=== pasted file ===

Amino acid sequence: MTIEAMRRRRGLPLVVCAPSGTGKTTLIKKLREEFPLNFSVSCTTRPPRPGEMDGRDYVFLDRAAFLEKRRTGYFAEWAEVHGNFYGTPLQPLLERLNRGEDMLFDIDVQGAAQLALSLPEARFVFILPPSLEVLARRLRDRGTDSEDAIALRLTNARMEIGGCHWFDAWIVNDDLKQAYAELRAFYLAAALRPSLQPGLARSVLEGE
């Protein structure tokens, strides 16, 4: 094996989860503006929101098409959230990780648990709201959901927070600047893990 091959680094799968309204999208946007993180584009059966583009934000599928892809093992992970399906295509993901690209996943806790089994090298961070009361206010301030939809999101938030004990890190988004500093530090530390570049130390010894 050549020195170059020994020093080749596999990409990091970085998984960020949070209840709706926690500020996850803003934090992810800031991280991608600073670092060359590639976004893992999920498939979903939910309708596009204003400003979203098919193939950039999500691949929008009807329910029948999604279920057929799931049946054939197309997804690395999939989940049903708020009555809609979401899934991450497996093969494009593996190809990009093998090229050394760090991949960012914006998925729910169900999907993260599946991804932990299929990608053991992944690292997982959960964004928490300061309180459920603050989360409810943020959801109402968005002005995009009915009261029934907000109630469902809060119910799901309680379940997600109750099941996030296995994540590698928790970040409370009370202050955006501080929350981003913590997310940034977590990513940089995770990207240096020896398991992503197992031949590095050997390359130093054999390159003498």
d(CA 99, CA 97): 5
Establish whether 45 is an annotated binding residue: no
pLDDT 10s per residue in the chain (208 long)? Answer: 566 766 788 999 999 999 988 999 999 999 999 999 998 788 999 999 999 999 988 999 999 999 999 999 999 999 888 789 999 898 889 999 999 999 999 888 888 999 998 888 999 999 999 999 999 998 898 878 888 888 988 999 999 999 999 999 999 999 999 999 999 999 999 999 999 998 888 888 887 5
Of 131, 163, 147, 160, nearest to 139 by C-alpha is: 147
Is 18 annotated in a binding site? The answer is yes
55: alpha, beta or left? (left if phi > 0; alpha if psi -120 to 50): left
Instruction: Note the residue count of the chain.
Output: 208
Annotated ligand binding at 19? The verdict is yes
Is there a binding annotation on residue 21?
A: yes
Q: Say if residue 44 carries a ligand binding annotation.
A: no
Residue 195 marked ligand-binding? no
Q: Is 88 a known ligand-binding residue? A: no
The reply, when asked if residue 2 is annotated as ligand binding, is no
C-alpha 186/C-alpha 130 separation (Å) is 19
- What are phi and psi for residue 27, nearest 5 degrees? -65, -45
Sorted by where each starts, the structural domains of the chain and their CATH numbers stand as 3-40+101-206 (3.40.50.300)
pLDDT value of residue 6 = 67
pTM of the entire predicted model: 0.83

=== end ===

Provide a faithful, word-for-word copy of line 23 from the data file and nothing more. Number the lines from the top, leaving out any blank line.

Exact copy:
pTM of the entire predicted model: 0.83